Look at Kurt Warner. No one seemed to listen to him even when scouts did give him a good review. [See Dan Shonka’s review of Kurt Warner.] Kurt showed up at an Iowa State workout and offered to throw for the scouts who attended the workout afterwards. No one stayed to watch him. However, he kept his name out there by playing in the arena league and NFL Europe.
Free agents shouldn’t give up the first, second, or third time. But, free agents also need to be realistic about their ability.
Free agents also need to understand that when I worked for the pro teams I scouted for, I never signed a free agent I didn’t think could make it in the pros, by at least making the practice squad. But, people need a break. [See the list of free agents Dan Shonka signed when an NFL scout.]
Two years ago, after the NFL draft in our Ourlads’ Draft Review, we listed our top-60 graded players that were not drafted. Out of this top-60, fifty made it on rosters or practice squads. The draft is no time for drafting a “sleeper.” As Ourlads Hall of Famer Walt Yowarsky once told me, “When looking for sleepers, you get a sleepy team.”
TFG: Is there any particular player(s) just drafted, that you are looking forward to seeing transition to the pro football game? Is there a particular player(s) you believe will do well?
DS: The guys that usually do well have a coach that will work with them and are on a team with the right scheme for them. Coaches look for guys who play in a similar scheme in college. Off the top of my head, I am looking forward to seeing Kelechi Osamele of the Ravens to see how he fits as a guard with his thirty-seven inch arms. Bills’ Cordy Glenn is another player I am looking forward to seeing play as a tackle. Then, I am looking forward to the Browns combination of Trent Richardson, Brandon Weeden, and Mitchell Schwartz, and how they do at the pro-level.
TFG: Is there any particular undrafted player(s), signed as a free agent, that you are looking forward to seeing transition to the pro football game. Is there a particular player(s) you believe will do well.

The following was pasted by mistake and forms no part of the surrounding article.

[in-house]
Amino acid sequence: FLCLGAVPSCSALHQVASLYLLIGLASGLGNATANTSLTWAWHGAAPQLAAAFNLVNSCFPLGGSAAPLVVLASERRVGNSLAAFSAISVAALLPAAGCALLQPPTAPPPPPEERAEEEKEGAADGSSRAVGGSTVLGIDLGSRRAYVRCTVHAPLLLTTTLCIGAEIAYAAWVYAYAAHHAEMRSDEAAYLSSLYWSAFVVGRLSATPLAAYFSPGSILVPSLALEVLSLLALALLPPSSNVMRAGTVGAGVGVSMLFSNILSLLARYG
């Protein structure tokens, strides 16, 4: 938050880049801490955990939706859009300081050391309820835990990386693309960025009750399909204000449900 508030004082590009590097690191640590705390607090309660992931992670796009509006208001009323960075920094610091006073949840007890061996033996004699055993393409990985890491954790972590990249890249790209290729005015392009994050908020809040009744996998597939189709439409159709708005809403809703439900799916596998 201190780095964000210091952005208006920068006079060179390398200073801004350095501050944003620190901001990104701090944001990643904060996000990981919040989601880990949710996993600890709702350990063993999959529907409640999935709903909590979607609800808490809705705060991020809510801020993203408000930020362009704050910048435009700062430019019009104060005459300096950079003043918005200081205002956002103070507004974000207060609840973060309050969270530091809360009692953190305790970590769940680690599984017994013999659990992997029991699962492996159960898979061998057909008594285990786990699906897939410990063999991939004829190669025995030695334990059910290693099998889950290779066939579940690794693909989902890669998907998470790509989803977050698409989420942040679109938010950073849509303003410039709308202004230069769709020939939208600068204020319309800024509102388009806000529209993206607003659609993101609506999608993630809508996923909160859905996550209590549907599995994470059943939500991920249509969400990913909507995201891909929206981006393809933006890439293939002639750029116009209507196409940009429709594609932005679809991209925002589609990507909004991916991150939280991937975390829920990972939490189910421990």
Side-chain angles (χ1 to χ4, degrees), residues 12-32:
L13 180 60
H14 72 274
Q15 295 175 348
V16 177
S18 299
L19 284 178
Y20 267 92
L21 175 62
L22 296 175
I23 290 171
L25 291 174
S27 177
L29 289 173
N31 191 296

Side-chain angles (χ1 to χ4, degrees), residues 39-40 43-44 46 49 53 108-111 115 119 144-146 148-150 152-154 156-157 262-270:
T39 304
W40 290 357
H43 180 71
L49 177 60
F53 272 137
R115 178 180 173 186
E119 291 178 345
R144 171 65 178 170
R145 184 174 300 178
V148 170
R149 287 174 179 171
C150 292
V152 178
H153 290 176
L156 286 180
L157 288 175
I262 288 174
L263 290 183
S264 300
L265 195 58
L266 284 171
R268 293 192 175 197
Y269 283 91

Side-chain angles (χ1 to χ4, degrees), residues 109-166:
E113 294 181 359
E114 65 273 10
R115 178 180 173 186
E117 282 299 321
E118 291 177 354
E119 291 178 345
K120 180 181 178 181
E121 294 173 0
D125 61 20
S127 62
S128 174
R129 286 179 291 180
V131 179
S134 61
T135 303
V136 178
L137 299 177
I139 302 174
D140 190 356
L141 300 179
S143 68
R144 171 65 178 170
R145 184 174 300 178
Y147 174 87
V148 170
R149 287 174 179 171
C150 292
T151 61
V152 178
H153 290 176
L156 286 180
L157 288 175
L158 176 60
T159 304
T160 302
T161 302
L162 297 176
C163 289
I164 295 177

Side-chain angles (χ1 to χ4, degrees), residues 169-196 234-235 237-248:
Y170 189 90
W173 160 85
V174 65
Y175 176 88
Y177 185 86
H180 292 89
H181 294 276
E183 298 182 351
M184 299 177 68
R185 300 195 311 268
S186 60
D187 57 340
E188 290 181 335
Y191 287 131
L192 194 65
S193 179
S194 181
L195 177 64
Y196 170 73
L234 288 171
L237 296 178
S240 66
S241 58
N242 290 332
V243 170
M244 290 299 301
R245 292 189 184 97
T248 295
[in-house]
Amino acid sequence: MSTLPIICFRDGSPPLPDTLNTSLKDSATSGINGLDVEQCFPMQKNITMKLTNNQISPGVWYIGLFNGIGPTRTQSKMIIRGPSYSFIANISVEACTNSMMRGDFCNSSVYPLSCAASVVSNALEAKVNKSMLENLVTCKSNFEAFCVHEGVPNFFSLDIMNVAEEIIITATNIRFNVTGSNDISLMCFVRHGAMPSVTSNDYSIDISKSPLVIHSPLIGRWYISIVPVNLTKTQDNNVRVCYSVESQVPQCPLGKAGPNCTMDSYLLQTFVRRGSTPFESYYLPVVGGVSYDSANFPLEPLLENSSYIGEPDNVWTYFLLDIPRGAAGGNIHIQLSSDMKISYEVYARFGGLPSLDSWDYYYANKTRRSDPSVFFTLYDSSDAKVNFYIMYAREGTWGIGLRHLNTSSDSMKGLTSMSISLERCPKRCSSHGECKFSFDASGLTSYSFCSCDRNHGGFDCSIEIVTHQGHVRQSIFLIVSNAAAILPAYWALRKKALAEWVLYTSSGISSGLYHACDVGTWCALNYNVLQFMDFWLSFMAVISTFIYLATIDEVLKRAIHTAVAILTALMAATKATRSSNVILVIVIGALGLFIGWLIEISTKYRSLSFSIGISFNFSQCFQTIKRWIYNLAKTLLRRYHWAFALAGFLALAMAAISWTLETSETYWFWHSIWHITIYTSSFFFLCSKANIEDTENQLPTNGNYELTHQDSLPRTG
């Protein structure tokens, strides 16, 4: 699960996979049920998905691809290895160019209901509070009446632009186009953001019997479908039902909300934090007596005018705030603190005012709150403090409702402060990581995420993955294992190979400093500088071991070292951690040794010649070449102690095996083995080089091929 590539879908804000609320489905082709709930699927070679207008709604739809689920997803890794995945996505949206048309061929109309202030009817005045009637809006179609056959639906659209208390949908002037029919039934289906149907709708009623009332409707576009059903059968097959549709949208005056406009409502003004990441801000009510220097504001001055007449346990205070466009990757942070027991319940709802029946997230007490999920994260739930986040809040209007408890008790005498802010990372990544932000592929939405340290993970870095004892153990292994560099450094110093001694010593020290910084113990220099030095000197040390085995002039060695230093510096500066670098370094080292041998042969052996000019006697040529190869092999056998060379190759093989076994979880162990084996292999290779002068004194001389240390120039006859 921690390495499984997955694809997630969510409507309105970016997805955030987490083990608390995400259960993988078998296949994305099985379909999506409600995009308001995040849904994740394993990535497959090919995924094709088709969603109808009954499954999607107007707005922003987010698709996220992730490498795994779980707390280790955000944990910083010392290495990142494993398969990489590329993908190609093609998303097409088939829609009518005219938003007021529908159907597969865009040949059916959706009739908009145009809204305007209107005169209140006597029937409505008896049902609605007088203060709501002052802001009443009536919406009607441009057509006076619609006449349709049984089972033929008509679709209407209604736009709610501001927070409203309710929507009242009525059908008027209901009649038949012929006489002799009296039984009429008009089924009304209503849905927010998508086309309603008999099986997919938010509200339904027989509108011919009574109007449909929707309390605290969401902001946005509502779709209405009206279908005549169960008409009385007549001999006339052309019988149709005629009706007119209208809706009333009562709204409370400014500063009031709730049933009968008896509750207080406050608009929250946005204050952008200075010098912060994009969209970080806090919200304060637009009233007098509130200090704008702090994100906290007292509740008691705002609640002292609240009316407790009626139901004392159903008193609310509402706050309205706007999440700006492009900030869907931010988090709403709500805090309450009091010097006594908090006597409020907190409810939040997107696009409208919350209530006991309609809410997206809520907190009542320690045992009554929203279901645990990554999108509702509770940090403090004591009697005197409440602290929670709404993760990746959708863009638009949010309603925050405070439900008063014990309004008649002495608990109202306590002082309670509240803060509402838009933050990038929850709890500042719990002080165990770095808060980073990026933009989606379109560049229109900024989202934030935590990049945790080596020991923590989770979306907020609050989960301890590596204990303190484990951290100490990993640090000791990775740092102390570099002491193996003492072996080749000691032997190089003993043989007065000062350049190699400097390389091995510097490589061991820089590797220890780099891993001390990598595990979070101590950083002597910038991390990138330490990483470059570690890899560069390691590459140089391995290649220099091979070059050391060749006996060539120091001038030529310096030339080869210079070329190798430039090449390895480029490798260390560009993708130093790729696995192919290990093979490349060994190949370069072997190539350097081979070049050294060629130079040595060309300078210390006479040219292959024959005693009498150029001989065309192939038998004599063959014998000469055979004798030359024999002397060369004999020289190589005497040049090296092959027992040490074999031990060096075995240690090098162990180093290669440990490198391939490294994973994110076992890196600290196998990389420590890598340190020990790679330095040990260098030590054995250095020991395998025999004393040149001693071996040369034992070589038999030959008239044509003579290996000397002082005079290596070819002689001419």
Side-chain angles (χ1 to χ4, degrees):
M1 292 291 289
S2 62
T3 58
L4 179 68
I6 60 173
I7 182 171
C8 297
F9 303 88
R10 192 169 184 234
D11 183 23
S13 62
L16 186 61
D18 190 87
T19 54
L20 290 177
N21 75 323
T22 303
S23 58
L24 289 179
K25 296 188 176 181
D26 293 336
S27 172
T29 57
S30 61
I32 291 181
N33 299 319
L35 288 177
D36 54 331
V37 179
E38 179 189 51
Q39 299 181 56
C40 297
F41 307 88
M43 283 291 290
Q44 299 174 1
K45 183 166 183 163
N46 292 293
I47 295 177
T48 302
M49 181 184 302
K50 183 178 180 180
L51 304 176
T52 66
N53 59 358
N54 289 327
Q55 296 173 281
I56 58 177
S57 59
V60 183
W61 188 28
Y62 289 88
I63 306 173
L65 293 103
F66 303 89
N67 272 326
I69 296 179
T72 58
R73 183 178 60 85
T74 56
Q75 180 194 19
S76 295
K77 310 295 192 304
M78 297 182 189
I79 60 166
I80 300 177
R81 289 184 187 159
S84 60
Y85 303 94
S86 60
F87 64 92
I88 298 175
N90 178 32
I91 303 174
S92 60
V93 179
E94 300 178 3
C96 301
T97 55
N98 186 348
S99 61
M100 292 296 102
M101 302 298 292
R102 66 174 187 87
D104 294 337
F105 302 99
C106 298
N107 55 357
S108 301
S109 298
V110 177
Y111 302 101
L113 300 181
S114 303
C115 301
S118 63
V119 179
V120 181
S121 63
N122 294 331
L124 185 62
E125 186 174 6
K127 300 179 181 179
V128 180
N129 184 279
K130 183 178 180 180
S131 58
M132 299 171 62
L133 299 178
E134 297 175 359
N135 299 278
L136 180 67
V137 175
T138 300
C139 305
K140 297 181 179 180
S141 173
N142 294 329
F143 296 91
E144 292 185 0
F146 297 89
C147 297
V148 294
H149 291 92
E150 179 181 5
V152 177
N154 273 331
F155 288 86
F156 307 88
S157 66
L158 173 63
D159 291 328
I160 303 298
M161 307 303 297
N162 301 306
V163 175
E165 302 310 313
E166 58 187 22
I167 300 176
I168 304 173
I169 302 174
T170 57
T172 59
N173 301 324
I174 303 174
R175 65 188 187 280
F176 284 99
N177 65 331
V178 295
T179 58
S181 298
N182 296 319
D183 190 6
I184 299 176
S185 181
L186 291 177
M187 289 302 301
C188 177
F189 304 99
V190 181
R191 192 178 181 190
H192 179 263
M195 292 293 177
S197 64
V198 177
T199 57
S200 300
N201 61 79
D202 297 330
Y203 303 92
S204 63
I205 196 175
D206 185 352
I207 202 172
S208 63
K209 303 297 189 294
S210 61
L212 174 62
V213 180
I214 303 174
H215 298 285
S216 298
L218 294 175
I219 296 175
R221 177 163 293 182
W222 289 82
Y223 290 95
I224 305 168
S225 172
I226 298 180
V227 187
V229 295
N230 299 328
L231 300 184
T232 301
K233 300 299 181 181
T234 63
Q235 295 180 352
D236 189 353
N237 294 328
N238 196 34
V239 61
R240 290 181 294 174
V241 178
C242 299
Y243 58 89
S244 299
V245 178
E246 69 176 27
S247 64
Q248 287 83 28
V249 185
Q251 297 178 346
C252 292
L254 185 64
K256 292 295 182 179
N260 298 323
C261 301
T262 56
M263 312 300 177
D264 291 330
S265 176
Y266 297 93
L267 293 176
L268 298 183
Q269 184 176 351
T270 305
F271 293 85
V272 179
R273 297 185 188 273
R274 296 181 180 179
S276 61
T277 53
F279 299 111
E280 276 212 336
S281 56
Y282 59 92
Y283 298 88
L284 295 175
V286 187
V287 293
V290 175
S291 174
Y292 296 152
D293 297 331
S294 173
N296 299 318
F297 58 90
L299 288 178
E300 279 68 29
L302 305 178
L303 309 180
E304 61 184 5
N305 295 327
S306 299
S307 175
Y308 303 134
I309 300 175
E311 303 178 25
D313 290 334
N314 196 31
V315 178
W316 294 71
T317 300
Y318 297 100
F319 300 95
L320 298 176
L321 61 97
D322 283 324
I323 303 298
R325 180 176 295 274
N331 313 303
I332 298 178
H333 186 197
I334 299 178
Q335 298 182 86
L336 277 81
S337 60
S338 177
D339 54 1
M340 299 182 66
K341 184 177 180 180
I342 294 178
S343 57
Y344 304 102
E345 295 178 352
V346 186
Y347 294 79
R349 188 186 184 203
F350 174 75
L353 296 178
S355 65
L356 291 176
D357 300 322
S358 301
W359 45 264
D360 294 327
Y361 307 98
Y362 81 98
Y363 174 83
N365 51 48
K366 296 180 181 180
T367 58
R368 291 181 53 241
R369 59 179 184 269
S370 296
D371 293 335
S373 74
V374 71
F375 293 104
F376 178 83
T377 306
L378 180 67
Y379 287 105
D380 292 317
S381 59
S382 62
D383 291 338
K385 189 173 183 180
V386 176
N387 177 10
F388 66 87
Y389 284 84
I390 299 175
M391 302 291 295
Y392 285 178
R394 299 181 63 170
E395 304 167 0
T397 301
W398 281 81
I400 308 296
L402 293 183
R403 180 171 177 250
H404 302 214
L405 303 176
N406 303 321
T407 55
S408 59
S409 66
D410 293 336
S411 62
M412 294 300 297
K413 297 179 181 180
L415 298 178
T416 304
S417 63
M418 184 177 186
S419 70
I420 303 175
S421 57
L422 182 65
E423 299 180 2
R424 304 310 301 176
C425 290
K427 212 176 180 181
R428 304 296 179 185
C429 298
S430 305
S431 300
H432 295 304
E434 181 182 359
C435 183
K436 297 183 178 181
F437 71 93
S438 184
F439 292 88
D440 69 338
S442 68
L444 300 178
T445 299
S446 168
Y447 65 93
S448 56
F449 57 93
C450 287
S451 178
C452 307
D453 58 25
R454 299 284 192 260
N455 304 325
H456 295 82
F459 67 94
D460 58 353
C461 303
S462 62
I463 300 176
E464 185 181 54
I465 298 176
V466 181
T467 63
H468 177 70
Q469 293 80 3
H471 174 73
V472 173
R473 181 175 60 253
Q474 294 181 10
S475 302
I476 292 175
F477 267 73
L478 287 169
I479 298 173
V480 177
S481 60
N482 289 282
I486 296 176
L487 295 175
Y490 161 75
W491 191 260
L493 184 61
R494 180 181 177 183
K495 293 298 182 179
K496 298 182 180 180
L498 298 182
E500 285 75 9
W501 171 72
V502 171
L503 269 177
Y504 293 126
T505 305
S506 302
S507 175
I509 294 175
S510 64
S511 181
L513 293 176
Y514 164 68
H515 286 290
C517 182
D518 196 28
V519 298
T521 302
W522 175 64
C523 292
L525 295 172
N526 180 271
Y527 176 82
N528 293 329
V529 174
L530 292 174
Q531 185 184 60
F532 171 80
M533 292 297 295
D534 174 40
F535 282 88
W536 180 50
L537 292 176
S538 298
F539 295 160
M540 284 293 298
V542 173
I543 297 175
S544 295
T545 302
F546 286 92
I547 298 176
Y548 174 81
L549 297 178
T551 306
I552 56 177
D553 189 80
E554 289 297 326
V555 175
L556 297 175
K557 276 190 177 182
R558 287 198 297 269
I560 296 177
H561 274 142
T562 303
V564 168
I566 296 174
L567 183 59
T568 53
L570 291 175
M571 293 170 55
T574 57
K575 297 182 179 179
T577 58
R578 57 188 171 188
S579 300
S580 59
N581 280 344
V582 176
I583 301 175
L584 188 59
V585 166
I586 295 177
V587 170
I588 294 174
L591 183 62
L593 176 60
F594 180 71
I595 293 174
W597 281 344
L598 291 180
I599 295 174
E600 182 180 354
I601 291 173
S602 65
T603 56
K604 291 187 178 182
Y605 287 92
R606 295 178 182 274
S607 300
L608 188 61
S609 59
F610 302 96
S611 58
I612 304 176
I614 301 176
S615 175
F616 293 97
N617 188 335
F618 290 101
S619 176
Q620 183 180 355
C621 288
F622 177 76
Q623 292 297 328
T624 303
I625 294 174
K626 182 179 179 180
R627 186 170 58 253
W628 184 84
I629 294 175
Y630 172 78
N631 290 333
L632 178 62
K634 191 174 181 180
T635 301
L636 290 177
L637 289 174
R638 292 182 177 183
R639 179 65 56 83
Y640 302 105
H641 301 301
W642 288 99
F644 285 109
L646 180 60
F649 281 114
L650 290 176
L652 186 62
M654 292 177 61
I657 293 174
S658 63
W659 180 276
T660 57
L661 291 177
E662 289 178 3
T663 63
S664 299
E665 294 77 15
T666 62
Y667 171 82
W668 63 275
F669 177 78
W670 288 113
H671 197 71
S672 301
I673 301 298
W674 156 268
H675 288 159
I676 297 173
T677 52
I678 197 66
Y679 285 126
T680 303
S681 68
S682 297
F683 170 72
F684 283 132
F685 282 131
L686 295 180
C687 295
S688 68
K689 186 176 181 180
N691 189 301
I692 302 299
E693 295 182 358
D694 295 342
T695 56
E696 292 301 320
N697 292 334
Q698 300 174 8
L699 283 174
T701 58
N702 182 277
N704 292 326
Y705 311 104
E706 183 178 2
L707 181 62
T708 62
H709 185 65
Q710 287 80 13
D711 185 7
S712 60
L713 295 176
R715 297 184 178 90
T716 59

DS: Several. Center Quentin Saulsberry who was signed by the Vikings; running back Chris Polk who was signed by the Eagles has great hands; defensive back Chase Minniefield who was signed by the Redskins; He suffered a severe ankle injury - guard Ronald Leary who was signed by the Cowboys; and, strong safety Tony Dye who was signed by the Bengals. These are all players that should have been drafted but weren’t, for one reason or another.
TFG: Can you share a little known secret about the draft or something the average person would not know about the draft or about the evaluation of players.
DS: There are not that many true 4.3, 40-yard dash guys out there. I have timed only thirty in the past four decades. So, these days, you don’t have to be a good football player. If you can run, you have a chance to be in a camp.
TFG: You were interviewed by famed author/writer Malcolm Gladwell a couple of years ago. How did that come to be? What was your fondest memory of the experience, and what do you think he got out of it.
DS: Malcolm’s administrative assistant contacted us. I did not know him before then. We went to a Missouri game together so he could see what a scout does. He came to the hotel I was staying in and we reviewed film together for a couple of hours of Chase Daniels, a quarterback I was high on. Malcolm seemed like a little kid in a candy store. There was no such thing as a stupid question. He eventually got the hang of it. He offered to take me to dinner but I explained we needed to get to the game or else we would be late. We sat in the press box together. It was his first time around a big time college game. It was like taking your son to a game for the first time. But understand, he is a brilliant guy. He was very perceptive and very inquisitive, asking a ton of questions. I didn’t really understand until later what a big time author he was until contacted by people in the football business and family. Then I went out, bought and read all of his outstanding books.
Read the interview included by Malcom Gladwell in his book, “What The Dog Saw” . Gladwell called Shonka the Outlier of Professional Football Scouts.